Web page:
Politics & Government

Duke-UNC program defends instruction on religious minorities, aspects of Christianity

The Duke-UNC Consortium for Middle East Studies provides “positive appreciation” of Christianity and Judaism and organizes or assists with programs that detail the persecution faced by religious minorities in the Middle East, UNC-Chapel Hill said in a defense of the embattled program sent to the U.S. Department of Education.

The consortium will establish an advisory board to review its program and proposed activities after the Department of Education threatened to withhold federal funding and questioned if the consortium was meeting its obligations for the funds.

“The Consortium deeply values its partnership with the Department of Education and has always been strongly committed to complying with the purposes and requirements of the Title VI program,” wrote Terry Magnuson, a vice chancellor for research at UNC-Chapel Hill, in the letter dated Sept. 20.

The Department of Education had asked the school to respond to its findings by Sept. 22. The investigation was initiated at the request of Rep. George Holding, a Raleigh Republican. Education Secretary Betsy DeVos announced in July that she was opening an investigation.

The consortium received a four-year grant for $235,000 per year in 2018.

In its letter, the Department of Education wrote it “is concerned that most of the Duke-UNC CMES activities supported with Title VI funds are unauthorized and that Duke-UNC CMES may not qualify.”

The school said that the Department of Education “identifies two activities that you consider to be inappropriate for Title VI funding, out of more than 100 programs that the Consortium organizes or promotes each year. Neither of these activities, as it happens, were supported with Title VI funding.”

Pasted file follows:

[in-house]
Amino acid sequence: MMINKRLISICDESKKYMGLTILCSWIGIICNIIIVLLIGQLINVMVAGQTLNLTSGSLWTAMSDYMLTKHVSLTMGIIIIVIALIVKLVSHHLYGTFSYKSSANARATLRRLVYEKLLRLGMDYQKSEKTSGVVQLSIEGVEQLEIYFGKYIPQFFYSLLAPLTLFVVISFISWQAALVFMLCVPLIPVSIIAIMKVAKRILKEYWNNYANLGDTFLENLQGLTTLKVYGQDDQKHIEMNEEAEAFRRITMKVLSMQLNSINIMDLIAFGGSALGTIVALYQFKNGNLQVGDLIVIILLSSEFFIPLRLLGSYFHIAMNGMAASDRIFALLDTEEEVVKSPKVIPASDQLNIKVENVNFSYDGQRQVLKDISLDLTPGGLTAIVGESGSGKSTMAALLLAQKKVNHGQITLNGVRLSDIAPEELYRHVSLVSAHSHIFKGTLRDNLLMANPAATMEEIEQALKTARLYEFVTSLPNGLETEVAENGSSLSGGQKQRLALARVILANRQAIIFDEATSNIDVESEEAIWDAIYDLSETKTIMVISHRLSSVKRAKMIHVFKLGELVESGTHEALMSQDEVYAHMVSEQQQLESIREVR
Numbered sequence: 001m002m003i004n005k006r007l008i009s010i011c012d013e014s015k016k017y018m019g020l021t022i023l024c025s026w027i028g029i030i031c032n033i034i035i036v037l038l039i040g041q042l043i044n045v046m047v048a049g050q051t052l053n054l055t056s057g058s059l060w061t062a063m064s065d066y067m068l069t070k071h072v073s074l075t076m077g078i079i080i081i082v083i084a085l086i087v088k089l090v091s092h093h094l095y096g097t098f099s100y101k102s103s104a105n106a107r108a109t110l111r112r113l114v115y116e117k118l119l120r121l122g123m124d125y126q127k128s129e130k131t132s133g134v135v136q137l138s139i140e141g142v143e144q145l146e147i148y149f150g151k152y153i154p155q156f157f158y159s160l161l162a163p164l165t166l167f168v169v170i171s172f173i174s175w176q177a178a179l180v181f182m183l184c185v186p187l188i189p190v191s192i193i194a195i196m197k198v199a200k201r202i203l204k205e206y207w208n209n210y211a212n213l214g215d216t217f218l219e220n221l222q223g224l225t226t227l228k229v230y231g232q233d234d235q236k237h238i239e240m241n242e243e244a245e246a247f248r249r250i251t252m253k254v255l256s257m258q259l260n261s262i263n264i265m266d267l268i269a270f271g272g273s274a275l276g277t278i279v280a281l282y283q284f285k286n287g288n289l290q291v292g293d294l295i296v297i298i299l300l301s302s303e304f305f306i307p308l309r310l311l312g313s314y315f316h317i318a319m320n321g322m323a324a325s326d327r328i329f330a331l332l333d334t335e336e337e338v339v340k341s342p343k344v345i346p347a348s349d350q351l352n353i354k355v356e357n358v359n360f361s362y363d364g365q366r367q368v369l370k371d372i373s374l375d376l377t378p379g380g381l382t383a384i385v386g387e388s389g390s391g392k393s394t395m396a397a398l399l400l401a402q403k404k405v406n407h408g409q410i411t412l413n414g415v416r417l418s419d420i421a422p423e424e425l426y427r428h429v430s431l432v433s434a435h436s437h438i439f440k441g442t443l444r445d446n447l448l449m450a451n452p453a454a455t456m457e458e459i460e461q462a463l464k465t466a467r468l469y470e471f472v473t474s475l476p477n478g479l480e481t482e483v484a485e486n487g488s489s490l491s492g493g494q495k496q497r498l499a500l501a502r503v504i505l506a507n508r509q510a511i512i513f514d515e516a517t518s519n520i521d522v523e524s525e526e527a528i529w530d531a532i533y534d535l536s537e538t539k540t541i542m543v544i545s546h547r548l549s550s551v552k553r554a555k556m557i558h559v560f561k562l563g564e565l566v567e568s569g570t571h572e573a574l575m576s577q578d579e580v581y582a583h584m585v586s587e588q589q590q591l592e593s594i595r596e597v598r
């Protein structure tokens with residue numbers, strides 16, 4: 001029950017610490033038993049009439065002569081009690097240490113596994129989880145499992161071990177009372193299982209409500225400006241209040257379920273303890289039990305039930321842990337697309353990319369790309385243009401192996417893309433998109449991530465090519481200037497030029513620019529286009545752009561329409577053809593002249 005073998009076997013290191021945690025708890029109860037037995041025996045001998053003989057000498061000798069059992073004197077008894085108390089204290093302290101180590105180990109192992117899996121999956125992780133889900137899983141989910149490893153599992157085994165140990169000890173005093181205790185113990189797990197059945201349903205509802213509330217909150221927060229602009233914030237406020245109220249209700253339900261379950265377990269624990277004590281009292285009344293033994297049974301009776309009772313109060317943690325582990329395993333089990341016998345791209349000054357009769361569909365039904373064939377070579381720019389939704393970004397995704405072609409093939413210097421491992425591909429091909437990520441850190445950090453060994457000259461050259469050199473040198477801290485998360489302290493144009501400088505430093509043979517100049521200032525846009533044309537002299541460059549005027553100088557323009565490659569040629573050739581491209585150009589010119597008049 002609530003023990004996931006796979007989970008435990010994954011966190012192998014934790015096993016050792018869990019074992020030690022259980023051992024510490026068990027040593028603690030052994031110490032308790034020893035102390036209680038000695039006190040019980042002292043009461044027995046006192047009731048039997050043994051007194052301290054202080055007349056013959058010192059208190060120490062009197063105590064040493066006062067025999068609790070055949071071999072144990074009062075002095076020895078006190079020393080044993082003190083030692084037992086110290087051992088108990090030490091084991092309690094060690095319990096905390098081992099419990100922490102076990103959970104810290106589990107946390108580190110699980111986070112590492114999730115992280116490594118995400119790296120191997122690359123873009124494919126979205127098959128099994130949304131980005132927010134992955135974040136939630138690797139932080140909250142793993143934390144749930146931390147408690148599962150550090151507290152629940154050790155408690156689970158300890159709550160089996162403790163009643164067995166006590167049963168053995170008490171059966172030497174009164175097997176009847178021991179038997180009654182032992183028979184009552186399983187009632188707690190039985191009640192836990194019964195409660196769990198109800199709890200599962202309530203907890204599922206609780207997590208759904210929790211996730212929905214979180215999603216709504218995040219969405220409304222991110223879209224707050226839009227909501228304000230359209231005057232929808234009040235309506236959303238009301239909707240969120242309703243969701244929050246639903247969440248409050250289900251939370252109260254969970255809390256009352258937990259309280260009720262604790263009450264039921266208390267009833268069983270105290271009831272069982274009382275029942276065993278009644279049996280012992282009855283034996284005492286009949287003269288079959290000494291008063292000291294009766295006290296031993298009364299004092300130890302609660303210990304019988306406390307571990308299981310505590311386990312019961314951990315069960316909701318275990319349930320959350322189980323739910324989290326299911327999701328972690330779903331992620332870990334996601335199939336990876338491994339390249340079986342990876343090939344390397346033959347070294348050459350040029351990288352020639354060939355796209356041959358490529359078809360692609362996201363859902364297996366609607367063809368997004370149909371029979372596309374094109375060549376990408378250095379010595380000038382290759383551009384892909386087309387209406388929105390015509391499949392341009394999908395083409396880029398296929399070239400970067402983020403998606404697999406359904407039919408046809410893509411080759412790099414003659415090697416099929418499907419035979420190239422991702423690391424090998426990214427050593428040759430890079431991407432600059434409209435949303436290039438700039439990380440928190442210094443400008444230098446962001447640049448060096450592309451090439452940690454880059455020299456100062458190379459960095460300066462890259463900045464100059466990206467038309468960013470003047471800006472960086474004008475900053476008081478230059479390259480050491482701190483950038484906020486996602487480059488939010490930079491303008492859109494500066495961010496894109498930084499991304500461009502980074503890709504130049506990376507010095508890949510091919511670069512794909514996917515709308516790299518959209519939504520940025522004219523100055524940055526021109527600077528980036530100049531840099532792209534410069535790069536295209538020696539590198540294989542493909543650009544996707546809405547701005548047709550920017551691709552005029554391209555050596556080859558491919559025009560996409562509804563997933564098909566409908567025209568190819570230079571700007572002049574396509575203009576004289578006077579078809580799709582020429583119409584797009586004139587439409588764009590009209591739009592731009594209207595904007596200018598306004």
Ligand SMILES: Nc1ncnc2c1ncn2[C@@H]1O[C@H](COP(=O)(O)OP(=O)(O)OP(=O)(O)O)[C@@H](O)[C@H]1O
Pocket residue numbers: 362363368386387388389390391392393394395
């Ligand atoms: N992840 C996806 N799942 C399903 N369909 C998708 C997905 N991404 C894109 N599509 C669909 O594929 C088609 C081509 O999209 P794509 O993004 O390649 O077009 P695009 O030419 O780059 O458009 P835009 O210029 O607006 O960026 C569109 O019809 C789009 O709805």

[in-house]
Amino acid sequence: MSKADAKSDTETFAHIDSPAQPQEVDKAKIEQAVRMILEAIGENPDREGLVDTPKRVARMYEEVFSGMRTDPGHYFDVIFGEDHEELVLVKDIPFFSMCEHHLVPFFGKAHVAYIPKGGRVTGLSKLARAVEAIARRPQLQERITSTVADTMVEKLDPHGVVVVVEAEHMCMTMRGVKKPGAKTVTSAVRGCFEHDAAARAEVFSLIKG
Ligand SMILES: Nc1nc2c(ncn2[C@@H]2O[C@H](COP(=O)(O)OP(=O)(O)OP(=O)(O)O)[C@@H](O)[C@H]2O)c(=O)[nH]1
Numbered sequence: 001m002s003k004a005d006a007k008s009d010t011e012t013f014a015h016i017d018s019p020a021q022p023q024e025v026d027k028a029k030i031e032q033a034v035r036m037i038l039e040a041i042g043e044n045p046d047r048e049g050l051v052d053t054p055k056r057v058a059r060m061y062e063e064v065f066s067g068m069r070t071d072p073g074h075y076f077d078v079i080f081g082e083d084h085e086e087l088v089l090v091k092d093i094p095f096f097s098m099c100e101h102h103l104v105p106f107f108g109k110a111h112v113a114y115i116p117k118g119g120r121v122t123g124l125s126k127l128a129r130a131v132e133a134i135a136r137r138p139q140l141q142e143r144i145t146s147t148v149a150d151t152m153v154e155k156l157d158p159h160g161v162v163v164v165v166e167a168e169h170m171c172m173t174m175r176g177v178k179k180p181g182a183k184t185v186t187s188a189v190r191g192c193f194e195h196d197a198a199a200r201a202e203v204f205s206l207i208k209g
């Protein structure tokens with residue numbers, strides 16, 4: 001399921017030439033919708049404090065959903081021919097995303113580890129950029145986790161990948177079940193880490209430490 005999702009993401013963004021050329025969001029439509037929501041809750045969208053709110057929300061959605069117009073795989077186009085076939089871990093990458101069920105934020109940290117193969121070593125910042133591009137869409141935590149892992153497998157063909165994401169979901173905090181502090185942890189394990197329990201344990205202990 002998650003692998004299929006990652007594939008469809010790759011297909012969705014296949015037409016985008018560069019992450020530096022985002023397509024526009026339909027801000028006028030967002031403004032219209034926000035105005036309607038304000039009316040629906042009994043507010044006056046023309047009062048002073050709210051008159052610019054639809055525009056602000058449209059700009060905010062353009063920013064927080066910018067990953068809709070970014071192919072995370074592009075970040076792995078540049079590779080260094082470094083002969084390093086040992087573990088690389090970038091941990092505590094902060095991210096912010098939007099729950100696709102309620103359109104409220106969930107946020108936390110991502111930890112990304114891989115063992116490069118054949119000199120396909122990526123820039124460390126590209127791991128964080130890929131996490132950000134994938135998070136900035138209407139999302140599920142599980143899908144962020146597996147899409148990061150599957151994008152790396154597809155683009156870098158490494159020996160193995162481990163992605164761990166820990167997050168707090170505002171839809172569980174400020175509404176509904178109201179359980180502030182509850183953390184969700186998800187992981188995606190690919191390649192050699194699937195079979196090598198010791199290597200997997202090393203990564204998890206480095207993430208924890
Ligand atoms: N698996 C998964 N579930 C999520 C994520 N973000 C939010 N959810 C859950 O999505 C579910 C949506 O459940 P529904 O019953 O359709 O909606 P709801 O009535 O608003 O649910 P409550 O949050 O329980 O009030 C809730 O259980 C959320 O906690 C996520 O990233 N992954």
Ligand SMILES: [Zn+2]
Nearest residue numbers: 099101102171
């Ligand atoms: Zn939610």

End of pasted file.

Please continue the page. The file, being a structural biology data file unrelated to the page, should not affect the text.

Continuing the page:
The consortium rebutted critiques or provided information about its number of Middle East foreign language students (300), its work in science, technology, engineering and math fields, cultural and historical subjects, religious minorities and diversity of perspectives. Its letter answered questions about job placement, teacher training, events related to national security and economic stability, support for foreign language instruction, language faculty credentials, faculty rank and employment status and program monitoring.

The News & Observer received the letter in response to a public records request made to UNC.

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Brian Murphy covers North Carolina’s congressional delegation and state issues from Washington, D.C., for The News & Observer, The Charlotte Observer and The Herald-Sun. He grew up in Cary and graduated from UNC-Chapel Hill. He previously worked for news organizations in Georgia, Idaho and Virginia. Reach him at 202.383.6089 or bmurphy@mcclatchydc.com.
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